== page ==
Teaching, consulting and blogging about strategy and competition in higher education means that there is an endless supply of reading material, themes to explore, people with strong opinions . . . and innovative ideas.
Earlier this evening I had the opportunity to find out what is happening in my own Boston backyard with respect to higher education start-ups at an event hosted by EdTechup, an organization that brings together educators and entrepreneurs. The theme for this event was “Innovation in Higher Ed: How Technology is Shaping the Way Students Learn,” and was moderated by Mike Petroff from Harvard. Panelists included Pano Anthos, Founder of GatherEducation, Jill Frankfort, Co-Founder of Persistence Plus, Stephen Marcus, Founder of Matchbox, and Adam Miller, Co-Founder of Abroad 101.
The discussion ranged from how these start-ups broke into the higher education space and how technology has changed the way students approach education, to how technology will change higher ed within the next two years or so.
This last topic was what sparked the most interesting discussion, which included (summarized):
- There is a lot of thrashing going on in the market now as technology enables both personalization (e.g., Knewton, eAdvisor) and mass access (e.g., edX, Coursera), and quite a bit of experimentation – but it’s really too early to tell how this will all play out
- Start-ups that will have the most success in higher education are those that can help colleges and universities raise revenue while keeping costs under control - but cost control is not the driving force, it’s raising revenue
- It’s the schools that are “stuck in the middle” (neither catering to the mass market at low cost nor to the high end/highly selective market at higher cost) that are most in need of revenue raising opportunities – and big questions about whether a critical mass of them can overcome entrenched ideas and business models to transform themselves fast enough to stay afloat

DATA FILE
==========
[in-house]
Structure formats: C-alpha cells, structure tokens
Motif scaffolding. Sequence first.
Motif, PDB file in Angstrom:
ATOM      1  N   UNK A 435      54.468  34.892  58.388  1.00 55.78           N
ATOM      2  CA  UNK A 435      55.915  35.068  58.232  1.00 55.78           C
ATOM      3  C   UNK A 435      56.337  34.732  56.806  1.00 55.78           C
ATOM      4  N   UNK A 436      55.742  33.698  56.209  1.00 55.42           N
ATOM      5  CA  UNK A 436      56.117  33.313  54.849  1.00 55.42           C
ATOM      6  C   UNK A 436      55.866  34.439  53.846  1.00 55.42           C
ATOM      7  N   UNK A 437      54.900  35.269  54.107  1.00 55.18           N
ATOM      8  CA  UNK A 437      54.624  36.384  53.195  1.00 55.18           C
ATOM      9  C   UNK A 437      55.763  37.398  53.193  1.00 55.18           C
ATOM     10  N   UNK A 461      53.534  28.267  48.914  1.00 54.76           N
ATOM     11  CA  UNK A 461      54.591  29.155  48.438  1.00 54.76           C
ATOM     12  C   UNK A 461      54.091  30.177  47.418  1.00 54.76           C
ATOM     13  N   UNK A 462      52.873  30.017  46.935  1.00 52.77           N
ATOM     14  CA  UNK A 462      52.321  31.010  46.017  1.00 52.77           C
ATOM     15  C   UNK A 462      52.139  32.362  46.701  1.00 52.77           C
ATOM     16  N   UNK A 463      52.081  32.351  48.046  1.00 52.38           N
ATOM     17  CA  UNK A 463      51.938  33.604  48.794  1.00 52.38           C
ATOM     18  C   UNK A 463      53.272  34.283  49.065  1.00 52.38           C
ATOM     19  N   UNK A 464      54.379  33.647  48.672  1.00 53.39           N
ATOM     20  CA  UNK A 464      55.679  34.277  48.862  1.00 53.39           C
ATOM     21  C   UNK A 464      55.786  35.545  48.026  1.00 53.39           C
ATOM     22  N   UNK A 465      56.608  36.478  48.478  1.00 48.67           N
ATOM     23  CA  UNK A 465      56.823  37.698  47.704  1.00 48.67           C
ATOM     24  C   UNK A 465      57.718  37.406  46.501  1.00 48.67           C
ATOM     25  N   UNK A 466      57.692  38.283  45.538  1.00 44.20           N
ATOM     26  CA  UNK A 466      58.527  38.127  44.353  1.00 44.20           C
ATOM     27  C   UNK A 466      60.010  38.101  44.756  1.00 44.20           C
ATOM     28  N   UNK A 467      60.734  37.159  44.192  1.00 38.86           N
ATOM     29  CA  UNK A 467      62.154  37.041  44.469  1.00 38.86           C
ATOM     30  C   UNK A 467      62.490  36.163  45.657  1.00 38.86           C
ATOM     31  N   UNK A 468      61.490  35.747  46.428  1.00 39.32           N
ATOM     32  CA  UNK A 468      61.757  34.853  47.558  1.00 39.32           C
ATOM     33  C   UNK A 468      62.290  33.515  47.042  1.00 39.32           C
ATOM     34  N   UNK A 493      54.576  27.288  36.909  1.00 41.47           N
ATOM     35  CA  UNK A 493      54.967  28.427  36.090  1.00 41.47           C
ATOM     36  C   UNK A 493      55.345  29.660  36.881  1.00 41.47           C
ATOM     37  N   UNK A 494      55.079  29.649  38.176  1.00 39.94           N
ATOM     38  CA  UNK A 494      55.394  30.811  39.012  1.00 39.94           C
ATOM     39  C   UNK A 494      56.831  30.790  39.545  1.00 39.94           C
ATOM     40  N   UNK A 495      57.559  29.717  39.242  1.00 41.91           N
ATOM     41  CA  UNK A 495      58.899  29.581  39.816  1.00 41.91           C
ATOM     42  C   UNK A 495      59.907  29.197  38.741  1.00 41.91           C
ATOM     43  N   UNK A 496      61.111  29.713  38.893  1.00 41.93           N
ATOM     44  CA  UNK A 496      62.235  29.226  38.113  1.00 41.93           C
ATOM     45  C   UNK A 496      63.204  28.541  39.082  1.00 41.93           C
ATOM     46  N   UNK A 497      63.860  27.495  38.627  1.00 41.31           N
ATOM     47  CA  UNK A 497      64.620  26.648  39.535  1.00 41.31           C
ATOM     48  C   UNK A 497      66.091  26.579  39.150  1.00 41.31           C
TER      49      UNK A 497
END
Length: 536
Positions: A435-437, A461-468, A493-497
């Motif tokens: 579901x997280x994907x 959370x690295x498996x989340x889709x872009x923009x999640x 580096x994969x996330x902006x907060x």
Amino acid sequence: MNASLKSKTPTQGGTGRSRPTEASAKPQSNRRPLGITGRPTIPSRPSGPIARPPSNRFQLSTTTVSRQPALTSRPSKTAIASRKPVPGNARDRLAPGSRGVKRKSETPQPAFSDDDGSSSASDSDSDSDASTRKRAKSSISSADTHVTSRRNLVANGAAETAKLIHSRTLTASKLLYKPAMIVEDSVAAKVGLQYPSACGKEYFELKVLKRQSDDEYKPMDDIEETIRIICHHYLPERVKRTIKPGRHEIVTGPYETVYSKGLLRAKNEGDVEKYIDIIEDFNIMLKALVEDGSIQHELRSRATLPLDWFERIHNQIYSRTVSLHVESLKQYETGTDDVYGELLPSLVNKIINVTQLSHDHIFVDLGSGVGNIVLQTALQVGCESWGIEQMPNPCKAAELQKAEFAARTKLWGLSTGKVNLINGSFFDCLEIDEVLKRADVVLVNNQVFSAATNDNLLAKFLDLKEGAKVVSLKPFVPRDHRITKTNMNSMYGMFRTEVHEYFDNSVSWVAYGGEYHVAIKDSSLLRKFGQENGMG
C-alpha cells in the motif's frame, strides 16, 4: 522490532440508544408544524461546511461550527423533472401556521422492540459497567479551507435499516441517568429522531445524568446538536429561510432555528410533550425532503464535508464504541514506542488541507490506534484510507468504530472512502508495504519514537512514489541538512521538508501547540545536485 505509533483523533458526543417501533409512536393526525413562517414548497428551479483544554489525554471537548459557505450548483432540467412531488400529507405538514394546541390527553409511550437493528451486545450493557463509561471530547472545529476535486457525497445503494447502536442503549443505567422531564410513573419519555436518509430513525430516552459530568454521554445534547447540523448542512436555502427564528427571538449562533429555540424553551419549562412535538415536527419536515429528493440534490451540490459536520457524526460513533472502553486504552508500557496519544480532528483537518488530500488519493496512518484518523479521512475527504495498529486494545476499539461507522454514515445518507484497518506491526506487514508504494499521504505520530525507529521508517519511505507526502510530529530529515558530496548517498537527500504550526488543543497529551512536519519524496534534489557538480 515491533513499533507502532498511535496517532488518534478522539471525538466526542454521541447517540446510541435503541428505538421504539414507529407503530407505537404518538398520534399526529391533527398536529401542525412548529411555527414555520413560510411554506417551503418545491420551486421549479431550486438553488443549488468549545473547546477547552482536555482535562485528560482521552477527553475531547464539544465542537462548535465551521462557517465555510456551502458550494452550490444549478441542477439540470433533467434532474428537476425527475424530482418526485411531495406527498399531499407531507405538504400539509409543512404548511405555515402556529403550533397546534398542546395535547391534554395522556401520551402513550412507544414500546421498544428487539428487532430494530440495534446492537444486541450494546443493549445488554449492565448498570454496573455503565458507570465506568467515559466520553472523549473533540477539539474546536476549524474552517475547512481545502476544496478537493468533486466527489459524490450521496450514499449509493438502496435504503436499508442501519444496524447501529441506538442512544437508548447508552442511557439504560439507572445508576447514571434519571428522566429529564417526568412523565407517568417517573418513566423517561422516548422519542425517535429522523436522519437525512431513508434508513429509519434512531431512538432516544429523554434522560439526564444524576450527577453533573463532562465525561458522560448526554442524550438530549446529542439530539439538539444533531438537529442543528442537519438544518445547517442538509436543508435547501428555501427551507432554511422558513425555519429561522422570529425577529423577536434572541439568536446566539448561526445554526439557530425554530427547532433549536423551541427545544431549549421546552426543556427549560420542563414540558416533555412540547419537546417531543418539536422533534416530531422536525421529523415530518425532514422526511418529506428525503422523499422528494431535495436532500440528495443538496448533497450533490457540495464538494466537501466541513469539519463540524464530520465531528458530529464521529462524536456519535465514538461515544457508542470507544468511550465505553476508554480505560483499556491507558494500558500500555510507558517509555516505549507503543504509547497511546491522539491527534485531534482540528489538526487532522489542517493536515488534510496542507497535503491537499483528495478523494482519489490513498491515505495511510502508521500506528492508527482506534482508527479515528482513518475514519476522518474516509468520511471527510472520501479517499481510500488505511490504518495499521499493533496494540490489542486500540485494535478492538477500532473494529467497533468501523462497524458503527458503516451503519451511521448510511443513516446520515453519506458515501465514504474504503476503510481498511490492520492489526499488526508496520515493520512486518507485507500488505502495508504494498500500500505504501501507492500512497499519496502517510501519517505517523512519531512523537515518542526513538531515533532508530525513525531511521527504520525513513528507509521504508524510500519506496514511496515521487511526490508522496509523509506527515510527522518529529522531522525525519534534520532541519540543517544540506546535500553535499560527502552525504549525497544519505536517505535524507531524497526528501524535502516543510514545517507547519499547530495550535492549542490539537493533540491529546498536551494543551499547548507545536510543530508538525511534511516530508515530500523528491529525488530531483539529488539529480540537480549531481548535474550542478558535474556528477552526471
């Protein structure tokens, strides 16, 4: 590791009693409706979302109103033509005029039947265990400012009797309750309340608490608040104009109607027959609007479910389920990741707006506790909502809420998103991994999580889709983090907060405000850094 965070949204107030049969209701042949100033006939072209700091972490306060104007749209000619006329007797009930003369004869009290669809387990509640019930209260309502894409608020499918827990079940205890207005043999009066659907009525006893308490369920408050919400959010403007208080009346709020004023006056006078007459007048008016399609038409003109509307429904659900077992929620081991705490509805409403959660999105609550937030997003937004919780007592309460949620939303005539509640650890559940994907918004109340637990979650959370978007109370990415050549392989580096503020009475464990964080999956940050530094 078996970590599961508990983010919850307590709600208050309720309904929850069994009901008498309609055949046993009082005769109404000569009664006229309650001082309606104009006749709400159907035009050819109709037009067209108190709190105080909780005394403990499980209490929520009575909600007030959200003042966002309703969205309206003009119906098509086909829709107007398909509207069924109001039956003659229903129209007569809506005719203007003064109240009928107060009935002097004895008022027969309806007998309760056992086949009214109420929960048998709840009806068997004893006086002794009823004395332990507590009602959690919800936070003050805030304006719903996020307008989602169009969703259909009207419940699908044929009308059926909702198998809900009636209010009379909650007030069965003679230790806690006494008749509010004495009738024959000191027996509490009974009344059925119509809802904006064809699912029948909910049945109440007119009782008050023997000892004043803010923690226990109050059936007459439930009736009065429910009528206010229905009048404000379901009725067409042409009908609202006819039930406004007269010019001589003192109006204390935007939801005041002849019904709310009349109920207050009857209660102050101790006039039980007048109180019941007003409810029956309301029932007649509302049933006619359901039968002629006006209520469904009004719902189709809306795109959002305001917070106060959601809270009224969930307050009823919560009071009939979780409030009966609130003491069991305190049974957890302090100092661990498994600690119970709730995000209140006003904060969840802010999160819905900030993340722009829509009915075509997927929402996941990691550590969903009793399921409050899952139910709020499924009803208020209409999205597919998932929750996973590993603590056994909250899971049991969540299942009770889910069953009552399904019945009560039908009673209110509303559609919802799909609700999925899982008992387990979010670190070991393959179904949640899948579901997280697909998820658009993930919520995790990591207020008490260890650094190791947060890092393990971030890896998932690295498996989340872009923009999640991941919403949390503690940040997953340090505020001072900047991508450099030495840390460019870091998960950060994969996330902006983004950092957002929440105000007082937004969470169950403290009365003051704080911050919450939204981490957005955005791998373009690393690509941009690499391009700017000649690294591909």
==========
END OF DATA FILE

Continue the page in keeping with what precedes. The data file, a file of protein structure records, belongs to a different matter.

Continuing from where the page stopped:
- The credentialing point will change – perhaps slowly at first (i.e., not within the two year time horizon), as individual schools lose their hold over students and the students will be able to take courses (MOOCs and otherwise) from various institutions and combine them to get their degree
The conversation then turned to the question of whether it’s the teacher that makes the difference or the university that makes the difference . . . and most of the audience and panelists believed it was the teacher. Hence the idea of “let the best teacher/course win” and let students pick and choose how to put together an educational portfolio tailored to their needs, independent of a home university.
What do you think about the how the higher education market will change over the next few years and the companies/organizations/universities that will lead the change?